Other times his conclusions do not logically follow (e.g. see comments by @Chris_Falter on the chess board).

Other times he is unaware of the evidence for common descent (e.g. see when I asked for an alternate quantitative explanation).

This has been a far ranging conversation. I have not yet seen evidence to make the case strong against abiogenesis or common descent. To be clear, I don’t think we know how the first cell arose. Maybe God did create the first cell. As @John_Harshman rightly puts it, there is


I agree.

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To this point I agree. There is too much data for anyone to focus and help. Chris was trying but to get into detail on all the arguments which is next to impossible. The Zip finger argument is nuanced and very technical. The homochirality argument (500 heads) was not understood. So lack of focus leads to us talking over each other. That why you try to split threads when focus is not adhered to.

Those who deliberately ignore the incredibly broad and deep amount of physical evidence for the 4.5 billion year age of the Earth and the 3.8+ billion year history of life on the planet automatically disqualify themselves from any serious scientific discussion IMHO.


Just because the evidence went over your head doesn’t mean others couldn’t understand it Bill.

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@stcordova asked for no splits.

It is understood what he was saying. However, he seems unaware of the many natural processes we know of that can produce homochirality: How Homochirality Arises. @Timothy_Horton gave a helpful analogy:


It isn’t that he’s unaware. He’s been told about it often enough, just as Bill has. He just refuses to believe it, and he thinks that if evolution doesn’t or can’t happen solely through natural causes, then the preferable alternative is separate creation, not guided evolution. Neither Sal nor Bill has ever been able to explain why that is. Or why natural causes can be known to be inadequate either.

You might ask about Sal’s flower.


Yes, my error. Thanks for the correction.

My point remains: If we were somehow able to keep track of each coin and whether it came up heads or tails, then all heads is no less probable than any other permutation.

A more pertinent analogy is probably one involving tossing a single coin and having it come up heads 500 times in a row. There, we are only dealing with permutations.


So is a tornado.

Think about it. Countless bajillions of water molecules and other constituents can each have many, many different orientations and relationships with other molecules, but somehow they end up working with the other bajillions of molecules to form a large, organized, irreducible complex system. The total number of possible interactions of all these molecules exceed the capabilities of most calculators, but somehow they find the precise combination to create these unique systems. Like the DNA in Tan’s “lesson”, tornadoes are statistical miracles.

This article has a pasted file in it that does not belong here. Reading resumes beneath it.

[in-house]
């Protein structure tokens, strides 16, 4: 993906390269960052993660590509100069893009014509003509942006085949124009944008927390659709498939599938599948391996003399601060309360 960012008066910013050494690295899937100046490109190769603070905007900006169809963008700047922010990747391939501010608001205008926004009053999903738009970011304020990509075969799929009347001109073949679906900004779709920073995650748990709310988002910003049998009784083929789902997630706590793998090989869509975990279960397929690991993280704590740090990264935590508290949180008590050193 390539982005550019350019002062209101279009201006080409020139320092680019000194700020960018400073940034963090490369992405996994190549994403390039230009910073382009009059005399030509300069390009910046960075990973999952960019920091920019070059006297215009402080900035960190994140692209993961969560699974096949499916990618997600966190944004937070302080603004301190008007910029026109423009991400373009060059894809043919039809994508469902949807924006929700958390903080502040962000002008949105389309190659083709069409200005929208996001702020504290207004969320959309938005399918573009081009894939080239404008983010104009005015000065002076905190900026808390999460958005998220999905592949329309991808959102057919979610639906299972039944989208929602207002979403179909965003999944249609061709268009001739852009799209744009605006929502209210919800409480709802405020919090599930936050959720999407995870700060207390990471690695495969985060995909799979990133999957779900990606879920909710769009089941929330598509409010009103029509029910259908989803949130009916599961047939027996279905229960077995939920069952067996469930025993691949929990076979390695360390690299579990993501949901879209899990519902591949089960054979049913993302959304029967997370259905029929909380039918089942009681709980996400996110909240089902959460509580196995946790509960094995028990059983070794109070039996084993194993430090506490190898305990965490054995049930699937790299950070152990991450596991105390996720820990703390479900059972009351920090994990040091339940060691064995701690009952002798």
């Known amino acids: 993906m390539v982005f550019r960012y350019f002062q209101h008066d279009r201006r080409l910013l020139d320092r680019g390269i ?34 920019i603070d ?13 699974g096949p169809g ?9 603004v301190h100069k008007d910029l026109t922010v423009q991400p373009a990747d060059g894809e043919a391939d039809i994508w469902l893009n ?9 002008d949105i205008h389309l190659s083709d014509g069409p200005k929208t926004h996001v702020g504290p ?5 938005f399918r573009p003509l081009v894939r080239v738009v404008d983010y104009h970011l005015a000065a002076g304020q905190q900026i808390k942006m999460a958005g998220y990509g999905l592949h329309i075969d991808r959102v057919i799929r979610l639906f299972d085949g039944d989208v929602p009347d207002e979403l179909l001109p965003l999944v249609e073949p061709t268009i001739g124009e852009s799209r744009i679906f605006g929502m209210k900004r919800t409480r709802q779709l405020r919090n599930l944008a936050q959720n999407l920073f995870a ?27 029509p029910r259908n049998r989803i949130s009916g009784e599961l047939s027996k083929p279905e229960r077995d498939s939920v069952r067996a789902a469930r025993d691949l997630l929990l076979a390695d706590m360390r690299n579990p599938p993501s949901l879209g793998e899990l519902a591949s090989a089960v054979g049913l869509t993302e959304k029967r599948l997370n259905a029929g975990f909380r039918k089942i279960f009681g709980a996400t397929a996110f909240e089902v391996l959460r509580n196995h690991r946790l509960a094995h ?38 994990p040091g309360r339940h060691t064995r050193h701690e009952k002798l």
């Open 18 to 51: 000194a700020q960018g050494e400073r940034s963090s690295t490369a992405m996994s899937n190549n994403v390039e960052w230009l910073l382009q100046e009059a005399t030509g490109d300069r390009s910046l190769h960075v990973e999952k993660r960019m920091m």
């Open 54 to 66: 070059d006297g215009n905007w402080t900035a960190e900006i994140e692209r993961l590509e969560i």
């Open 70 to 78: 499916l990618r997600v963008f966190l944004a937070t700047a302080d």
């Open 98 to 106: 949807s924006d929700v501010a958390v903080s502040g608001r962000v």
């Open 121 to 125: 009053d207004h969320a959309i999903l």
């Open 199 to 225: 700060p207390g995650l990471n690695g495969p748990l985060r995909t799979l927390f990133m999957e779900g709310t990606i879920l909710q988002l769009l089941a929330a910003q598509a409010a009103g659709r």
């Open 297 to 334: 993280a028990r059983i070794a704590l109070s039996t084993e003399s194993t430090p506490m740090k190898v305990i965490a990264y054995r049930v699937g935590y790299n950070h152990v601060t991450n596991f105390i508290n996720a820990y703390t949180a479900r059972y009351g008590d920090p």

I very much want to thank Dr. Swamidass for not splitting my threads! Please don’t split my thread. Thank you.

Natural selection in the Darwinian sense doesn’t operate in most hypothetical pre-biotic environments for the major compounds involved because of chemistry.

Borrowing terms from statistical mechanics, the macrostate of homochiral amino acids in a polypeptide/protein is critical for the formation of alpha helices and beta sheets. This is basic biochemistry 301, like the first few classes on Protein Secondary Structure. The following protein secondary structure, the alpha helix for example, will absolutely fail if there is no homochirality, and without alphahelix, there are no proteins, and without proteins, there is no protein-based life, and with no life there is no replication, and with no replication there is no Darwinian selection!

Not every amino acid is the L-AA (L-amino acid) form in life. Many organisms metabolize or utilize the D-AA form for certain applications, but for the vast majority of proteins, the homochirality is crucial because of the crucial role of secondary structures like alpha helices and betasheets.

However, chemically, the Gibbs free energy favors the heterochiral state, and in over time, even if the homochiral amino acid state was the starting state, it won’t last for long relative to geological time as spontaneous isomeraization will happen.

The NATURAL tendency is toward heterochirality (the term for amino acids is racemic, I don’t know if there is a term for nucleotides) over time, and it will reach the racemic state naturally. What Tim Horton described is fantasy, it is Darwinian fantasy, it is not chemistry, it is not physical chemistry, it is not physics, it is not science.

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Living organisms require rapid production of chiral amino acids. This is critical for protein folding. I read thorough the post and there is no credible explanation there on how life originated with chiral amino acids.

Different question. That’s a change of topic.

This video connects the importance of the Law of Large Numbers with Statistical Mechanics. With some thought, one ought to see why the Texas Sharshooter fallacy is not in play for critical macroproperties such as homochirality and “homo-linkage” (like alpha peptide bonds, and the problems Dr. Tan pointed out) and why violations of the law of large numbers is required for protein/DNA based life.

The law of large numbers is like really basic probability and statistics. I used it a lot in my Casino days before I got kicked out.

So, how do you explain the cases where homochirality arises by normal chemical processes?

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You are using catalysts to get consistent chirality. Where are these catalysts at OOL?

What we are observing in minimum living cells are enzymes that can manufacture homo chiral AA’s rapidly allowing for enough protein production to sustain life.

A critical component for life to get started is the rapid production of reliable catalysts that in turn can rapidly produce amino acids. Without this you don’t have self replication.